The Irish came in massive waves; shipload after shipload
poured onto American docks, and there was nothing anyone
could do to stop them. They came physically with close to
nothing, being too poor to carry much with them on the
passage. Ships were packed to the brim with immigrants to
make sure the trip was a profitable one. They did not ride in
comfort and there was no room for luggage or excess
belongings. Most were starving, sick and close to death, and
their conditions only worsened in the long weeks of travel at
sea cramped in the tight quarters.
Once they got to America, their conditions didn’t improve.
They were treated like a disease and pest; being kicked out of
restaurants and told they couldn’t buy houses in certain
neighborhoods. But Irish spirit could not be broken, and they
maintained their cheery, good natured reputation. Irish were
often clustered together in trashy neighborhoods, tending to
stick to their own people where they were welcomed, so the red
hair, freckles, and accents lived on for generations.
“Being a woman is like being Irish. Everyone says you're important and
nice, but you take second place all the same.”
“The Irish ignore anything they can't drink or punch.”
Suddenly, in the mid-1840s, Irish immigration changed
drastically. The potato blight which destroyed the staple of the
Irish diet produced a monstrous famine that killed thousands
and forced migration upon many thousands more. The number
of peasants that were driven from their cottages and forced to
immigrate, mostly to North America were enormous. Unlike the
earlier migration, these people had no skills, no previous
experience in adapting to a new country. They also had no
money, few clothes, and no education.
Despite a fierce loyalty to the Catholic Church, most had
had little formal religious training. In Ireland, Catholicism had
only been legalized a few years earlier. Conditions for many
Irish immigrants that moved to U.S. cities in the 1840s and
1850s were not much better than those they had left behind in
Ireland. They often crammed into shacks that had been pieced
together out of discarded boards and other debris. Sanitation
was haphazard at best. There were no streets but only paths
which turned into ditches after a heavy rain.
So, what did the
Irish do for
America? I mean,
Patrick’s Day and
Presidents with Irish Heritage or
Ulysses S. Chester Arthur
George H. Bush
George W. Bush Bill Clinton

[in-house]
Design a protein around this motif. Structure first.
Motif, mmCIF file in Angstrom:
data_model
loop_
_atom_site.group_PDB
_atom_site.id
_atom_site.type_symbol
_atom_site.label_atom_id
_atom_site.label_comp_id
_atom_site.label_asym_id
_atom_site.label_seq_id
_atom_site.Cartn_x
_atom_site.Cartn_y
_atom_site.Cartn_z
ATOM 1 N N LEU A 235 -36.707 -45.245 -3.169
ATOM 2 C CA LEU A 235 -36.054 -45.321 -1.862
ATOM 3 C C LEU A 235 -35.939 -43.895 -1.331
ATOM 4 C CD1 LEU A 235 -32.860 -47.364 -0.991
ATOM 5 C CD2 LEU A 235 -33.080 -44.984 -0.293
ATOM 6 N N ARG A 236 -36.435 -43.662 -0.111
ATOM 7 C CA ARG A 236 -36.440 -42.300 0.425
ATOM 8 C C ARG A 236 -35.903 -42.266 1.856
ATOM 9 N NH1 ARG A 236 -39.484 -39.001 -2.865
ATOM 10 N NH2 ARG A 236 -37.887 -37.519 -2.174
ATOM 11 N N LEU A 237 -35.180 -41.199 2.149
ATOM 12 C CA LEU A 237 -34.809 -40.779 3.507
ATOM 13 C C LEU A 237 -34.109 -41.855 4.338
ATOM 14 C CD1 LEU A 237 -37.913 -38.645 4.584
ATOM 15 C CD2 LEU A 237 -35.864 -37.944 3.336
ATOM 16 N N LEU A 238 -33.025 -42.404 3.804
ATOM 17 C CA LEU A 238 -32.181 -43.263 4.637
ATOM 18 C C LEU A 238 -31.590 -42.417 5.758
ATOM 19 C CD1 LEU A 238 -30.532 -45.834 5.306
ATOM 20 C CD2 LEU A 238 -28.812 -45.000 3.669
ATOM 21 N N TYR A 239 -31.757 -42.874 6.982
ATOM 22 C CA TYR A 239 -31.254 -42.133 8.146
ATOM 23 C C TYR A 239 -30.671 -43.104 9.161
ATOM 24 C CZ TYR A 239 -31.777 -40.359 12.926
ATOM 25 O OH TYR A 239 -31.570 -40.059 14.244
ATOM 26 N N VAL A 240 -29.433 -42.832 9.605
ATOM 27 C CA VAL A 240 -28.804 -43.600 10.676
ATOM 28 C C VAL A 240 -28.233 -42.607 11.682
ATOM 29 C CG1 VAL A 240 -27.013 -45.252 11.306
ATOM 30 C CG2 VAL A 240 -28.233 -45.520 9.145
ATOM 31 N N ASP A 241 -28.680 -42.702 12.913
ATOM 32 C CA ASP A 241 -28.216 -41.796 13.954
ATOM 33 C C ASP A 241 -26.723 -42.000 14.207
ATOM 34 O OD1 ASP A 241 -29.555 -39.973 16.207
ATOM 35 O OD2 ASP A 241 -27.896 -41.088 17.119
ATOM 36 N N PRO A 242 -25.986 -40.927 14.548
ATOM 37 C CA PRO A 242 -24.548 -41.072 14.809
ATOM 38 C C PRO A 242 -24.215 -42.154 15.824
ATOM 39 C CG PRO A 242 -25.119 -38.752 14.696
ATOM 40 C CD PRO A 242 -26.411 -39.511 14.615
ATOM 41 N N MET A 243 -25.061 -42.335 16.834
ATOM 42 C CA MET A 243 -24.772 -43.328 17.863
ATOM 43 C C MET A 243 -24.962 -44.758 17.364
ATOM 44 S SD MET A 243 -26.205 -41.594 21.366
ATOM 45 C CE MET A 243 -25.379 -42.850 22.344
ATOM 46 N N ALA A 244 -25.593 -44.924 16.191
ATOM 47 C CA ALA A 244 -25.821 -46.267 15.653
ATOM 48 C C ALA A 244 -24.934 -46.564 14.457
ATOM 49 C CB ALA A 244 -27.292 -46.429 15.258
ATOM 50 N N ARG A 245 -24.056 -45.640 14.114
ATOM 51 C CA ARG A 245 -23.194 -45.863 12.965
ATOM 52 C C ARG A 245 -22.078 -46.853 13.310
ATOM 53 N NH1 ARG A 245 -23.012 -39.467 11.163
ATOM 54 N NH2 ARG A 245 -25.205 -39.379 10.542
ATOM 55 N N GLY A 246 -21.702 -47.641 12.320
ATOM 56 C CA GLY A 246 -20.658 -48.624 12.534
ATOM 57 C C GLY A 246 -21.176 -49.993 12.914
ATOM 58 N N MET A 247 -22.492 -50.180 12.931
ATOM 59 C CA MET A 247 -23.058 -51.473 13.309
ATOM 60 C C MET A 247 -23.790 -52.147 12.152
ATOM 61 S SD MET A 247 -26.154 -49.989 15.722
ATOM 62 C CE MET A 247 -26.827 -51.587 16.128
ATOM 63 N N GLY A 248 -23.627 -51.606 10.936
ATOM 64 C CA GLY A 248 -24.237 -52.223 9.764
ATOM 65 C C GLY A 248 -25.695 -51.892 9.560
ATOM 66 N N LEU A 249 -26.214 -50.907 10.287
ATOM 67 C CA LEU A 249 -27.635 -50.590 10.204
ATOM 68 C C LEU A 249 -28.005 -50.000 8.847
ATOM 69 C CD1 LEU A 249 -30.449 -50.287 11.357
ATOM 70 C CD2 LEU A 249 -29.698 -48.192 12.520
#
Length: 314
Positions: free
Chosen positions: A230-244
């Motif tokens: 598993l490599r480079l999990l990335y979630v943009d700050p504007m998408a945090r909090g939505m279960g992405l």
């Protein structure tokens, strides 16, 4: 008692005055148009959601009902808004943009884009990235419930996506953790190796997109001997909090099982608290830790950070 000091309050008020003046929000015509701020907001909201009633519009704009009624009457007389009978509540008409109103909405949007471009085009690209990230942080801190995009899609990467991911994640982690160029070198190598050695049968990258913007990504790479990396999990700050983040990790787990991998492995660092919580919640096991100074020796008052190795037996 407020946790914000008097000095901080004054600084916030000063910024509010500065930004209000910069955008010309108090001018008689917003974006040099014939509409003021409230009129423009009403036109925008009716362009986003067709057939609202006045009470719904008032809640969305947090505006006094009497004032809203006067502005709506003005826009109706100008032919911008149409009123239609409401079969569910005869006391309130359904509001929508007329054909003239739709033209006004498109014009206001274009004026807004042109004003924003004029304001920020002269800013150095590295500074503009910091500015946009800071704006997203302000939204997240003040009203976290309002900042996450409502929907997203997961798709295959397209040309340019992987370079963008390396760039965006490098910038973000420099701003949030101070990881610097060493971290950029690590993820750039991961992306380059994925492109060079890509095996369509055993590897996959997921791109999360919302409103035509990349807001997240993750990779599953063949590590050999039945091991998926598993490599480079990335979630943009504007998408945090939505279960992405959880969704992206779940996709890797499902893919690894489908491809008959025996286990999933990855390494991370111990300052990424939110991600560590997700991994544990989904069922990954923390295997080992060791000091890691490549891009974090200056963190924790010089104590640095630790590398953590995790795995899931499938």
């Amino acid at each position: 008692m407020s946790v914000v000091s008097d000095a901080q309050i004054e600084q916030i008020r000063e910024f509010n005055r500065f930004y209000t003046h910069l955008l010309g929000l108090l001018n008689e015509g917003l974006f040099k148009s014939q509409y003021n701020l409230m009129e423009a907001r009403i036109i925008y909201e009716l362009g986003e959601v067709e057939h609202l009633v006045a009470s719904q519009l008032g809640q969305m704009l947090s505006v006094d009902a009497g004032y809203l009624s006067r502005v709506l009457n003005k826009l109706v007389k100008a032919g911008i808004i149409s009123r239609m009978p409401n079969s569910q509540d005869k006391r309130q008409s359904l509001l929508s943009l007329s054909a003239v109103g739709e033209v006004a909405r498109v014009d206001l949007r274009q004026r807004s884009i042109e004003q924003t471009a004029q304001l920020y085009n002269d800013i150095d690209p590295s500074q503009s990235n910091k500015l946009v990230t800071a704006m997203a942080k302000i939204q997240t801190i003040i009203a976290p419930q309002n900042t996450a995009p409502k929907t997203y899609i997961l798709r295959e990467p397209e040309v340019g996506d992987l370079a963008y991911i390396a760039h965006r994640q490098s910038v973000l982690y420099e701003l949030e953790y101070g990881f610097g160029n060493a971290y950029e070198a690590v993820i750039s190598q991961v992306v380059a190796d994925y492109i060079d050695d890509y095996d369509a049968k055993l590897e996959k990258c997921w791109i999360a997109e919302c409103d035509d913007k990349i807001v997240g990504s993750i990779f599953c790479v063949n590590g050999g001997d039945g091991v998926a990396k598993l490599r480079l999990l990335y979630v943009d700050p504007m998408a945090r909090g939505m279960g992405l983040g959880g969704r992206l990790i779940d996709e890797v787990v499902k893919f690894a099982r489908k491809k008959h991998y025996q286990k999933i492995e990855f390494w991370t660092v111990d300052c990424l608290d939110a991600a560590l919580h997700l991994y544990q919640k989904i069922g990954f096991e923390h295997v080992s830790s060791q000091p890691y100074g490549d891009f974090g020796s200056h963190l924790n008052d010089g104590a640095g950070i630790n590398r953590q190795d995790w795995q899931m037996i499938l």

People with Irish heritage
running our country since
the beginning of America.
But how has Irish
immigration affected the
less political part of our
Such as… music
Anne Hathaway Mandy Moore
Ok, there’s Irish
people in office, acting
and making music.
Now, are they really
as superstitious as the
stereotype says they
It was bad luck to put shoes on a table or chair, place a bed
facing the door, bring lilac into the house, cut your fingernails on
Sunday, give a knife as a gift, or wear green - except for a bit of
Shamrock or ribbon on St. Patrick's Day. Many people today still
throw spilled salt over their shoulder or worry about seven years
bad luck if you break a mirror. It was said that you can tame a
young wild horse by whispering the Creed into his left ear on
Wednesday and into his right ear on Friday. The procedure was
repeated until the animal was calmed.
If a bird flew into the house, it was a portent of death. A purse
made from a weasel would never be empty. It was unlucky to knit
at night until you were certain the sheep were asleep. It was
fortunate to hear a cuckoo call but only if it was on your right side.
If a child was born before noon, he or she would not be able to see
spirits or the good people, but if born at night, the child would
have the gift. By the way, it's considered very risky to refer to the
good people as fairies, wee folk or little people.
The Irish have helped develop the American
culture and way of life for decades.
Irish influence is evident in numerous
aspects of life; from the leaders of our
country to the art of music, dance, and
All that is left to say….
May the road rise up to meet you
May the wind be always at your back
May the sun shine warmly upon your face
May the rains fall softly on your fields
And until we meet again,
May God hold you in the palm of His hand
-An Irish Blessing-
- Irish Immigrants in America by Elizabeth Raum
- Journey of Hope by Kerby Miller
- Green Sprigs of Emerald Isle by Neil Hogan
This has been an Abolitionist Fair